While America recently elected a new and possibly anti-environmental Congress, we are still ending 2014 on a high note with two environmental victories. Both originated in the executive branch of government--one in our national government and the other in the New York state government. Over the past week: 1) EPA took a small but significant step to begin regulating coal ash, the stuff that remains after coal is burned; and 2) New York State Governor Andrew Cuomo decided to continue New York's ban on hydraulic fracturing for natural gas.
Regulating Coal Ash
According to the New York Times' Emmarie Huetteman:
The Environmental Protection Agency on Friday announced the first federal guidelines for disposing of coal ash, instructing power plants to implement safeguards against contaminating nearby water supplies. But the agency did not require many of the restrictions that had been urged by environmentalists and other advocates, who point to studies showing coal ash... contains a significant amount of carcinogens... The E.P.A. declined to designate coal ash a hazardous material, but said power plants would have to meet certain minimum structural standards for landfills and disposal ponds, and monitor them for leaks. If a breach is discovered, it will be the utility company's responsibility to reinforce or close the pond. New ponds and landfills will have to be lined to provide a barrier against leaks. Controls must be used to prevent people from breathing in coal ash dust.
A great deal of coal ash is recycled for use as a building material, but a lot if it is dumped into landfills and waste ponds. We have been living with a variety of forms of pollution from coal for a very long time. America's environmental regulators have spent nearly half a century playing catch up to this source of pollution. If this is the "war on coal", I think coal has demonstrated a lot of staying power. Nevertheless, regulating coal ash can help ensure that people and ecosystems are protected from a potential source of toxics largely transported via water.
Banning Fracking in New York State
While natural gas burns cleaner than coal, extracting gas from the earth is far from pollution free. In order to produce gas through fracking, a liquid is pumped deep underground to release the gas. While most of that liquid remains deep underground, about a third of it comes back up to the surface. Fracking fluid is polluted and must be stored locally in ponds or transported off site.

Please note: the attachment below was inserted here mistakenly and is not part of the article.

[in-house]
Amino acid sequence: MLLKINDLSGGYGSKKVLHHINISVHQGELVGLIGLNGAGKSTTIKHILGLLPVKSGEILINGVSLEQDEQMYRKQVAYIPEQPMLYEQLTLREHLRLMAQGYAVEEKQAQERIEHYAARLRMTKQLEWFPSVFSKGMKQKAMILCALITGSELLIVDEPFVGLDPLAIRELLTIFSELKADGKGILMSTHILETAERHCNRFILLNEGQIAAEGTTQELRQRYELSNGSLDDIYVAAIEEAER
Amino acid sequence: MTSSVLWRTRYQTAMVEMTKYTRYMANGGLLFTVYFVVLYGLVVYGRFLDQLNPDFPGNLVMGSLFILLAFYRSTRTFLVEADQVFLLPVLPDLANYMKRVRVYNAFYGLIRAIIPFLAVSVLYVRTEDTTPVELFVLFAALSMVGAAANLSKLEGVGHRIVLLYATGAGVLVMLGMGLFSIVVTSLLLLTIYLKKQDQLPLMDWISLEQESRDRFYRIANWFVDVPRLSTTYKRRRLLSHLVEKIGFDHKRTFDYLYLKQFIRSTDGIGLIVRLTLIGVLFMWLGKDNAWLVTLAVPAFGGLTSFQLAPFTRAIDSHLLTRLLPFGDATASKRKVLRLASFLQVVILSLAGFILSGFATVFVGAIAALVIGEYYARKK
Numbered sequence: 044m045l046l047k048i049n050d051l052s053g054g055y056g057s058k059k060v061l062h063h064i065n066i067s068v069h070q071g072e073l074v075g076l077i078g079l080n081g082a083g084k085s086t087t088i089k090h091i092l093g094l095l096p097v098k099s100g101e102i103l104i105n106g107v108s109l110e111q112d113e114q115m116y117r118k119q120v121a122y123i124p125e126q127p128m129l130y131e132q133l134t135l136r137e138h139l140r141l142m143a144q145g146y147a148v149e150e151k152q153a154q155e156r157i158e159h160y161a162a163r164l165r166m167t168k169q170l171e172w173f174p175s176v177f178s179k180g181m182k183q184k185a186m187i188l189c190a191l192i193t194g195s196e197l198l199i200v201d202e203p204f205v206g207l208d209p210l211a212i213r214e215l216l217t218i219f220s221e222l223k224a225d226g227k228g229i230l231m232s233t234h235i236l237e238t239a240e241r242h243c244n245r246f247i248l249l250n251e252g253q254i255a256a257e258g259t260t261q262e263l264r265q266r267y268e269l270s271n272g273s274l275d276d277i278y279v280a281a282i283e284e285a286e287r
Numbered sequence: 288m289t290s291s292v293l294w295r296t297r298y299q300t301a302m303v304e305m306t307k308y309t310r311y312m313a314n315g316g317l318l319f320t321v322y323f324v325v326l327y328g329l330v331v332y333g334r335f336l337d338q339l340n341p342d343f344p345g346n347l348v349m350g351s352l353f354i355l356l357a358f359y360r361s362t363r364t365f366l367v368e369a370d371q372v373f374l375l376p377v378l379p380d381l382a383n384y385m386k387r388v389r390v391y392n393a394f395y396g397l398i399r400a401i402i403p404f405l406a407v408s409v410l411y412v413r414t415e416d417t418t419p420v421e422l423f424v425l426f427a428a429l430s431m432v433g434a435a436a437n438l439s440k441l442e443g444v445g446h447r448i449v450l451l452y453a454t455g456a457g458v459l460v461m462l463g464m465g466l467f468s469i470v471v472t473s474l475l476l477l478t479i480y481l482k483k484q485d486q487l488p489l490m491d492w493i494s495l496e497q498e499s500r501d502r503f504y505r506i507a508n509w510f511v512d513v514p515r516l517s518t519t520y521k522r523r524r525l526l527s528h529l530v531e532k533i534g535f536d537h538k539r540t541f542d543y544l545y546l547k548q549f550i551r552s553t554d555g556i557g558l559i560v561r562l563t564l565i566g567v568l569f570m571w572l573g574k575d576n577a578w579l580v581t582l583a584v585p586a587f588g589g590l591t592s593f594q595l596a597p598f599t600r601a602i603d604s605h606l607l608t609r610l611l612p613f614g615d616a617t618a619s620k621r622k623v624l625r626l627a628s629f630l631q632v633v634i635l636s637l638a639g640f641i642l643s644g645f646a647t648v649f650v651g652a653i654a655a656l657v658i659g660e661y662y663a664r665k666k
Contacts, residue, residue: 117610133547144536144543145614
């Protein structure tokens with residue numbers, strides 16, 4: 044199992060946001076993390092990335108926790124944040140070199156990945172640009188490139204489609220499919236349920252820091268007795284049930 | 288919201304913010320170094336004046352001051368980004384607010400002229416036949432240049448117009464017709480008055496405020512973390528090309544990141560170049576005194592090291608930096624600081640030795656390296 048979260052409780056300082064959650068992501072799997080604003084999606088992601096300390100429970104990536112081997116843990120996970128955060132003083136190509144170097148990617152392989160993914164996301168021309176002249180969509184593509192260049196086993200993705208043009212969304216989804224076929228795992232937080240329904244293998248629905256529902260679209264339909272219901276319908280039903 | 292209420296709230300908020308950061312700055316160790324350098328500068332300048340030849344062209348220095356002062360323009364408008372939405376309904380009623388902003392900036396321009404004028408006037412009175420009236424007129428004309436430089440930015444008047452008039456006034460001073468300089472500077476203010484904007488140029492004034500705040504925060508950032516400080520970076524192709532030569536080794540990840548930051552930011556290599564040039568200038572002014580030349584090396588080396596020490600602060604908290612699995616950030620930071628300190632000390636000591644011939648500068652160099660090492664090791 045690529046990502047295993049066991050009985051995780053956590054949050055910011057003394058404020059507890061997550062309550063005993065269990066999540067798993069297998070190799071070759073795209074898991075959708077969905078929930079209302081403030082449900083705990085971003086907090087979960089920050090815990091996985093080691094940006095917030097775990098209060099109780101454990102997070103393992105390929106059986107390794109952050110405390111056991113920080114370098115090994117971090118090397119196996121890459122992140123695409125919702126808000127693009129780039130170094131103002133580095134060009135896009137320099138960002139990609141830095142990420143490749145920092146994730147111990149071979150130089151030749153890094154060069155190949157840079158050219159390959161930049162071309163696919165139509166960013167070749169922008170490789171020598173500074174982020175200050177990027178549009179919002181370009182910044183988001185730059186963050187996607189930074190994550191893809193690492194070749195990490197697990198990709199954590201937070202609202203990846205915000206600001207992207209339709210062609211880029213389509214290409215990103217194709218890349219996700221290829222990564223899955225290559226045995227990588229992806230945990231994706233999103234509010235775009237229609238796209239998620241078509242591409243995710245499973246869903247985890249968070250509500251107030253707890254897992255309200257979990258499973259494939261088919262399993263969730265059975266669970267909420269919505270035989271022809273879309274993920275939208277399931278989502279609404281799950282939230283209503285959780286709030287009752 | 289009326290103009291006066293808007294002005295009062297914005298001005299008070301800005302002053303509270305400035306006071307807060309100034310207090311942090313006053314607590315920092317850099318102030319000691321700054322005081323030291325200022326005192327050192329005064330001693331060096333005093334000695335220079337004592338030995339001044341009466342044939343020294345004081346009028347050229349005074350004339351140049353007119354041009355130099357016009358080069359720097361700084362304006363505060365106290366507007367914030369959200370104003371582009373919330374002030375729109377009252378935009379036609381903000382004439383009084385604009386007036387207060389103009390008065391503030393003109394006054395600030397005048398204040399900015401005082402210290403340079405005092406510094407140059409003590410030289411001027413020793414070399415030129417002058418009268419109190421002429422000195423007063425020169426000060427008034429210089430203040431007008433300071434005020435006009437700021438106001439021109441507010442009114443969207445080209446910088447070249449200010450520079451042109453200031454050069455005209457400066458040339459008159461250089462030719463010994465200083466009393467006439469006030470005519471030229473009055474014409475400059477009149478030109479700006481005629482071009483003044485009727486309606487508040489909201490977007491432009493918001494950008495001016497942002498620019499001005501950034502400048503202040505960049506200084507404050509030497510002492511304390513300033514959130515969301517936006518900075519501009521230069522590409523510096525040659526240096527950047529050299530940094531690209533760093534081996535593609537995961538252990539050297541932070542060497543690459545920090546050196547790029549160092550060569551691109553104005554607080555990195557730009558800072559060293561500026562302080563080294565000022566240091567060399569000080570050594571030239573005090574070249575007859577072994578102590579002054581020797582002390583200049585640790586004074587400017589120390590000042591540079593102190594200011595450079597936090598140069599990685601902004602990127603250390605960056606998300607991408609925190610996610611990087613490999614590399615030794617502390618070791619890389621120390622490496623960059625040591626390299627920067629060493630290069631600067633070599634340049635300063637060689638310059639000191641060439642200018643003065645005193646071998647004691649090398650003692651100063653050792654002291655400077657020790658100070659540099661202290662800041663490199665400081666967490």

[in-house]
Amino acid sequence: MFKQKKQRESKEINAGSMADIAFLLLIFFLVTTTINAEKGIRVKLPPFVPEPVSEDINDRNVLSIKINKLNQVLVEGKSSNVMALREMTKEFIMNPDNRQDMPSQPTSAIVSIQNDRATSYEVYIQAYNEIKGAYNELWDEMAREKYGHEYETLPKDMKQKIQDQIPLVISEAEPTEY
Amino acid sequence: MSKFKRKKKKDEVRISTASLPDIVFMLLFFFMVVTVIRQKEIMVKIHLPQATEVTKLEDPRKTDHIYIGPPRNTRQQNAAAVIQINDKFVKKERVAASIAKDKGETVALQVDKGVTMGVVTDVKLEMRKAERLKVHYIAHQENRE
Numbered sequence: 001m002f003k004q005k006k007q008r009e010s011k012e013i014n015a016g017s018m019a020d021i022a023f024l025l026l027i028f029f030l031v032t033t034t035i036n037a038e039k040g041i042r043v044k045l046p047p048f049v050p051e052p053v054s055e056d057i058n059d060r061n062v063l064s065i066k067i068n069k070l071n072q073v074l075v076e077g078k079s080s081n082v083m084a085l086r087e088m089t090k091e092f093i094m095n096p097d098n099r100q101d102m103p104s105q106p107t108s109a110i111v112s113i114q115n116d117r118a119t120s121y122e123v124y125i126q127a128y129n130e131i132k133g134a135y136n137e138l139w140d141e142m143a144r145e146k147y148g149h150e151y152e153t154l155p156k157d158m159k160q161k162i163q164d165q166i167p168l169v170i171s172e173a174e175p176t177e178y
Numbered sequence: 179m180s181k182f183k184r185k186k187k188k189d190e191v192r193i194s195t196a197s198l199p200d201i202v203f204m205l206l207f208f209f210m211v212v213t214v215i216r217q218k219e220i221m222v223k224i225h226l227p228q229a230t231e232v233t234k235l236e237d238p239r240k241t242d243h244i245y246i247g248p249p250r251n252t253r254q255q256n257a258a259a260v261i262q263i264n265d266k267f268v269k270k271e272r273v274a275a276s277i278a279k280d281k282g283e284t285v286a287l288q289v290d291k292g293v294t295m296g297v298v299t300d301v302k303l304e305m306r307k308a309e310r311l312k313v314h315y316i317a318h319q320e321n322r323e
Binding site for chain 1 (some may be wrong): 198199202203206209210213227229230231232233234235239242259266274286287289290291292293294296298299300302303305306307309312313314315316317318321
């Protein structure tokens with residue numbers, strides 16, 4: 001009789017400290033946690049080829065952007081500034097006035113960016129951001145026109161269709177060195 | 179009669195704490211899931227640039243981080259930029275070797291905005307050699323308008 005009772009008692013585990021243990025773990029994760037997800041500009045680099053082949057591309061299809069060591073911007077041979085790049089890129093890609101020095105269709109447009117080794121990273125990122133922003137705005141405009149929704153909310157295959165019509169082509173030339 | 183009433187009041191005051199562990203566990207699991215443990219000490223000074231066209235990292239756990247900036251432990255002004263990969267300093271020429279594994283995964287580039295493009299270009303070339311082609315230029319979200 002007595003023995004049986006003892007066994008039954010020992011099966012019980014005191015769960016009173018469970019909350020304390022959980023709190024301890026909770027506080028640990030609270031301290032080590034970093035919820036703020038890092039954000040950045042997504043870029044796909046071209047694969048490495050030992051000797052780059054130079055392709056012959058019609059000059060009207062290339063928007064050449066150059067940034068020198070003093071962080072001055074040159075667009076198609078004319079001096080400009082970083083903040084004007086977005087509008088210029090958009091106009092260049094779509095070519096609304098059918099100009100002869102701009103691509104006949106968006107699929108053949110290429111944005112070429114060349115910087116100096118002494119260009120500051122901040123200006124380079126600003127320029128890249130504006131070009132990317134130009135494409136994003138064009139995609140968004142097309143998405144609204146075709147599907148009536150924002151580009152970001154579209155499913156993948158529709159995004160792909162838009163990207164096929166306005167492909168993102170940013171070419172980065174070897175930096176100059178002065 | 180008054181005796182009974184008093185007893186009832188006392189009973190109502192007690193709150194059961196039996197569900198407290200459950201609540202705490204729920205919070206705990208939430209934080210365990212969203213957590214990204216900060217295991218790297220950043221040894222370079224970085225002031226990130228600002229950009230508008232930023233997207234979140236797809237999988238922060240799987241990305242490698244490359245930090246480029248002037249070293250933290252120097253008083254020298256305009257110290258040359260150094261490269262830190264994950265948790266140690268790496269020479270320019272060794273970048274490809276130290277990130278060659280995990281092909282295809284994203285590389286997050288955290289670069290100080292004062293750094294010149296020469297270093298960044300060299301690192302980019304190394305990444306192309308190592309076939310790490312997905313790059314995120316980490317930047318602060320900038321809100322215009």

New York's Governor Andrew Cuomo based his decision to continue New York's ban on fracking on scientific uncertainty. New York's Health and Environmental Commissioners told the governor that the scientific impact of fracking on ecosystems and human health was not fully understood. His decision to ban fracking was based on this incomplete knowledge of its impact.
In contrast to the federal government's regulation of coal ash, New York's decision makers applied the precautionary principle to the practice of fracking for natural gas. The precautionary principle requires that we test the potential impact of a new technology before we implement it. It is the way we regulate the introduction of new drugs. Before we allow a drug company to sell a new drug, we test it on animals and then on people to ensure that we fully understand the side effects of the drug, and to be more certain that it is safe for use. For other technologies, such as fracking or the use of chemicals in agriculture, we introduce the new technologies first and only regulate them once we are sure they cause harm. This might be called the reactionary principle. Instead of taking precautions to prevent harm, we only react once damage is proven. We assume that the economic benefits of new technologies are typically greater than any costs. We don't want to slow down innovation and possible economic growth by being careful and taking precautions.
Our approach to regulation is sometimes compared to the "canary in the coalmine". At one time, before we allowed coal miners to descend into certain coalmines, we tested for poisonous gas by lowering a canary in a cage suspended by a rope into the mine. If the canary came back dead, the miners didn't go into the mine. In a sense, we are all the canaries in the toxic cave we have created from modern technology. If we can prove a technology makes us sick, we regulate and sometimes ban it. But unlike Governor Cuomo's fracking policy, we almost never regulate based on uncertain but possible risk. Cuomo's application of the precautionary principle to hydraulic fracturing for natural gas is a significant step forward in the history of American environmental policy.